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Date of Award

Spring 2010

Document Type

Restricted Thesis: Campus only access

Degree Name

Bachelor of Science



First Advisor

Dr. Michael Leopold

Second Advisor

Dr. Jonathan Dattelbaum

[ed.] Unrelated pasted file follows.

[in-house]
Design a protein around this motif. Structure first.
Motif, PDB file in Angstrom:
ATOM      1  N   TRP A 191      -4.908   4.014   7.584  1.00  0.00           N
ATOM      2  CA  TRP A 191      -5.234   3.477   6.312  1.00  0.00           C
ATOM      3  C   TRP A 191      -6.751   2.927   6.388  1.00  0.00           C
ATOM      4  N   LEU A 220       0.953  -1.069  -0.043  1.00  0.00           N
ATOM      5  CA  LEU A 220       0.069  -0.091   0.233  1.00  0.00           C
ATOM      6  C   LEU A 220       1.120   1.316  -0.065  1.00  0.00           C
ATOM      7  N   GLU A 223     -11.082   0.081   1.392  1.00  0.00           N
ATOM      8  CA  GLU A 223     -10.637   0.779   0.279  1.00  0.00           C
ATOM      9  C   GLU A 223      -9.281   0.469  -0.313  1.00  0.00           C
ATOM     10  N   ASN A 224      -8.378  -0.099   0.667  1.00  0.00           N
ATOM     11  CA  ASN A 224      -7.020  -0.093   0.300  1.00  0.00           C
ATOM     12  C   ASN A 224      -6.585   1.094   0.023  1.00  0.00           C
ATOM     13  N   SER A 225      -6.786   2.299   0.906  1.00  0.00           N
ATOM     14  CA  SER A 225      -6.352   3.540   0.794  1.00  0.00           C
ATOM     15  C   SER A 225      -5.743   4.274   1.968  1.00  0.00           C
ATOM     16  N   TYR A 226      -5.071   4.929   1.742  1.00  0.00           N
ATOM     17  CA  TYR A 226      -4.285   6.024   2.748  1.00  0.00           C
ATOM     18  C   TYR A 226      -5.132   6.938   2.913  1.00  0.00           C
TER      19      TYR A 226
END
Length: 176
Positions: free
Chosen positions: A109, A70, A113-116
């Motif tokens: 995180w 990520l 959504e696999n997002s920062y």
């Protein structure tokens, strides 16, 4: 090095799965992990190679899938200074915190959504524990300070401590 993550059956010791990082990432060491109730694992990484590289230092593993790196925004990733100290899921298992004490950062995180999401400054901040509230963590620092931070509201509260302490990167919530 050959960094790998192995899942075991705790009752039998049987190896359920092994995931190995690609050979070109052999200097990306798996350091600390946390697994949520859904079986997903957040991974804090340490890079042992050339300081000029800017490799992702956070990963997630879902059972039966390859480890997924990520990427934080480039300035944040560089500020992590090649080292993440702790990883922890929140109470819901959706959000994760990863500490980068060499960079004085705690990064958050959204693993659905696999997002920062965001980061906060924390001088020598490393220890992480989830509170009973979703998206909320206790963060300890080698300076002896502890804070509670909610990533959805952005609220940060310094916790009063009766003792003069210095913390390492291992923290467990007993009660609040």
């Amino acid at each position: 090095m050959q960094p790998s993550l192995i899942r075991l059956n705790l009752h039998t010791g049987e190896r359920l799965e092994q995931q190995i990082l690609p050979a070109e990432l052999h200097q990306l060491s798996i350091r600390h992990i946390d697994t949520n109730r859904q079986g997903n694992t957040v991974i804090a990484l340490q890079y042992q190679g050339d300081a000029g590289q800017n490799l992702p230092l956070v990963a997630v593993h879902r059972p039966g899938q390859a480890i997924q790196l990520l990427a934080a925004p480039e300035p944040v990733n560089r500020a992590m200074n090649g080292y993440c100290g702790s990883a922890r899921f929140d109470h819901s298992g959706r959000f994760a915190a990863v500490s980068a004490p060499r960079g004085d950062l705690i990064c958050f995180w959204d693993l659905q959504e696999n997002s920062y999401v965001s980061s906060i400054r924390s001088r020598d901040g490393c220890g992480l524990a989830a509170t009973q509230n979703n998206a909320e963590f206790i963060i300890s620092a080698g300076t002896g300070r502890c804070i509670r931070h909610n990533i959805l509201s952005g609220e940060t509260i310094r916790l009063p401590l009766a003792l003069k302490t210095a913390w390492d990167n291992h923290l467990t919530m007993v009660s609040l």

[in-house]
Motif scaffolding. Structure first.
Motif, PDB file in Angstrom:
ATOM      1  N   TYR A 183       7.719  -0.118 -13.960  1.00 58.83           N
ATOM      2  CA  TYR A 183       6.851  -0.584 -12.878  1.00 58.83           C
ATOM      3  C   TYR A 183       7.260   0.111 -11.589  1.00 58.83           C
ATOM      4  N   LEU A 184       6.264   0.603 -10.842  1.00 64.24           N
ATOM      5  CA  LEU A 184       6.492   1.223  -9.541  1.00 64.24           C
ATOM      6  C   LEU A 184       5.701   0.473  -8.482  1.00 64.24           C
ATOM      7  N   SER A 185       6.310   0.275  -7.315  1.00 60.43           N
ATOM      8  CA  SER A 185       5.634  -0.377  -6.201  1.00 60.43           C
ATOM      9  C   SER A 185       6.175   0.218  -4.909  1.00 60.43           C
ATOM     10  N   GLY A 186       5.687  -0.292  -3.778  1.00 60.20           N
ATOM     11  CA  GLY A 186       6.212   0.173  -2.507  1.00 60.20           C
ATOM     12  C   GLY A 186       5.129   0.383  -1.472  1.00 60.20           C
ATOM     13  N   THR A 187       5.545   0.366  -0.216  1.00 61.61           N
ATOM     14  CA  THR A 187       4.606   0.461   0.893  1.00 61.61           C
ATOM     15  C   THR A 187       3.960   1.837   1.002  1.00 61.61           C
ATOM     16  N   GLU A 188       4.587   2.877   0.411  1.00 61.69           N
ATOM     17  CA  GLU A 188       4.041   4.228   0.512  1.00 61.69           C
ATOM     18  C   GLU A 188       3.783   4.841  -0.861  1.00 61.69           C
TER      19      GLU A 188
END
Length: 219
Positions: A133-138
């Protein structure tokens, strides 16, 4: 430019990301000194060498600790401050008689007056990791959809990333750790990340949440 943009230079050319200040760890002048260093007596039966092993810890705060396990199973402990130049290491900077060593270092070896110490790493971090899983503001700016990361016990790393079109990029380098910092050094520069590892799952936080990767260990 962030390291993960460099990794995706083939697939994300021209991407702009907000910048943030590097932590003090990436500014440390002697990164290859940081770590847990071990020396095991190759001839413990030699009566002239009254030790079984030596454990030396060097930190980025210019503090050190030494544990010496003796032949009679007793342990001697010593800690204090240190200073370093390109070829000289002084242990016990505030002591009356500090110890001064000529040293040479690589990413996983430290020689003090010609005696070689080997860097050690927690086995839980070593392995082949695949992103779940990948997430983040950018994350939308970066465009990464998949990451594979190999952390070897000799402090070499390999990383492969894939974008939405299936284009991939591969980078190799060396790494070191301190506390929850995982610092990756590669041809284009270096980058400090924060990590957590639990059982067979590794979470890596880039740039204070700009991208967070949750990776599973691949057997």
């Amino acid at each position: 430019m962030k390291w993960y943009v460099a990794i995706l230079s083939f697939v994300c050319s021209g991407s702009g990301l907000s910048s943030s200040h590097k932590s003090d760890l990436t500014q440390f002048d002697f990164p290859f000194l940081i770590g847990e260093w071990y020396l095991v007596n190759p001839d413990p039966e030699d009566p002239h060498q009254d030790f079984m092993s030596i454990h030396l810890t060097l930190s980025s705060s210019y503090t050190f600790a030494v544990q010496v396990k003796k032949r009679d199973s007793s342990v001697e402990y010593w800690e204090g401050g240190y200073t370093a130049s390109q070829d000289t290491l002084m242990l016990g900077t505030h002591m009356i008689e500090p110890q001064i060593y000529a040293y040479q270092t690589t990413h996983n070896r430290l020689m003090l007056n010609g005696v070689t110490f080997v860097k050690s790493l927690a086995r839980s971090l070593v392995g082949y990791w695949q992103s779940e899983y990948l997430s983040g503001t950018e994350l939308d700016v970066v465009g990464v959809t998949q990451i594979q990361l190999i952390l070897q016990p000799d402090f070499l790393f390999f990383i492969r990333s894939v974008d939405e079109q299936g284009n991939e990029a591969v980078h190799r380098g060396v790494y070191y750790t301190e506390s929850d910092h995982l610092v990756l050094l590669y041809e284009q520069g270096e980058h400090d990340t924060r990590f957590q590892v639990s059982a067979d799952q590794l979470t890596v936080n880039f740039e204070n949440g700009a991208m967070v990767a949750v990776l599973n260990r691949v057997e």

Thermodynamic and adsorption properties of protein monolayer electrochemistry (PME) are examined for Pseudomonas aeruginosa azurin (AZ) immobilized at an electrode modified with a networked film of monolayer protected clusters (MPCs) to assess if nanoparticle films of this nature offer a more homogeneous adsorption interface compared to traditional self-assembled monolayer (SAM) modified electrodes. Specifically, electrochemistry is used to assess properties of surface coverage, formal potential, electron transfer (ET) kinetics, and peak broadening as a function of film thickness. The modification of a surface with dithiol-linked films of MPCs (Au225C675) provides a more uniform binding interface for AZ that results in voltammetry with less peak broadening (100-105 mV) compared to SAMs (120-130 mV). Improved homogeneity of the MPC interface for protein adsorption is confirmed by atomic force microscopy imaging that shows uniform coverage of the gold substrate topography and by electrochemical analysis of film properties during systematic desorption of AZ, which indicates a more homogeneous population of adsorbed protein. These results suggest MPC film assemblies may be used in PME to provide greater molecular level control of the protein adsorption interface, a development with applications for strategies to study biological ET processes as well as the advancement of biosensor technologies.